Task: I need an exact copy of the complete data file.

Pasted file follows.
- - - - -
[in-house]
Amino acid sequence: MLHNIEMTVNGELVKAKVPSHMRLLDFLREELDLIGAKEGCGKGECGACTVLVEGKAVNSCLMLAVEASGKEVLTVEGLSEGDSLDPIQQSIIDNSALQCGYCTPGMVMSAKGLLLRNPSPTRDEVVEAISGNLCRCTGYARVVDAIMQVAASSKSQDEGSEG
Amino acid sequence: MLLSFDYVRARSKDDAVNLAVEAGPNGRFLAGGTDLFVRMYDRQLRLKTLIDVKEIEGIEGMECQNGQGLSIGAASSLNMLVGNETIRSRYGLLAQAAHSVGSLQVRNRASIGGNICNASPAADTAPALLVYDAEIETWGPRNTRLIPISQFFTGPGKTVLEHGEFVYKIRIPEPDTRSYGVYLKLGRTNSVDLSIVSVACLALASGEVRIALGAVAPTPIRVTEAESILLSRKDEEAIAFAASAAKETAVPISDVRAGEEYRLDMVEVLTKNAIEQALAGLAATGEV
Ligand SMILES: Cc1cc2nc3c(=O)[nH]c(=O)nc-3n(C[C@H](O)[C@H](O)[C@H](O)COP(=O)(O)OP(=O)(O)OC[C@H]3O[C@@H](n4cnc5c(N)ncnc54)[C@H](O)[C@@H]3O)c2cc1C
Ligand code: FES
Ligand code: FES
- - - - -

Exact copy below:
[in-house]
Amino acid sequence: MLHNIEMTVNGELVKAKVPSHMRLLDFLREELDLIGAKEGCGKGECGACTVLVEGKAVNSCLMLAVEASGKEVLTVEGLSEGDSLDPIQQSIIDNSALQCGYCTPGMVMSAKGLLLRNPSPTRDEVVEAISGNLCRCTGYARVVDAIMQVAASSKSQDEGSEG
Amino acid sequence: MLLSFDYVRARSKDDAVNLAVEAGPNGRFLAGGTDLFVRMYDRQLRLKTLIDVKEIEGIEGMECQNGQGLSIGAASSLNMLVGNETIRSRYGLLAQAAHSVGSLQVRNRASIGGNICNASPAADTAPALLVYDAEIETWGPRNTRLIPISQFFTGPGKTVLEHGEFVYKIRIPEPDTRSYGVYLKLGRTNSVDLSIVSVACLALASGEVRIALGAVAPTPIRVTEAESILLSRKDEEAIAFAASAAKETAVPISDVRAGEEYRLDMVEVLTKNAIEQALAGLAATGEV
Ligand SMILES: Cc1cc2nc3c(=O)[nH]c(=O)nc-3n(C[C@H](O)[C@H](O)[C@H](O)COP(=O)(O)OP(=O)(O)OC[C@H]3O[C@@H](n4cnc5c(N)ncnc54)[C@H](O)[C@@H]3O)c2cc1C
Ligand code: FES
Ligand code: FES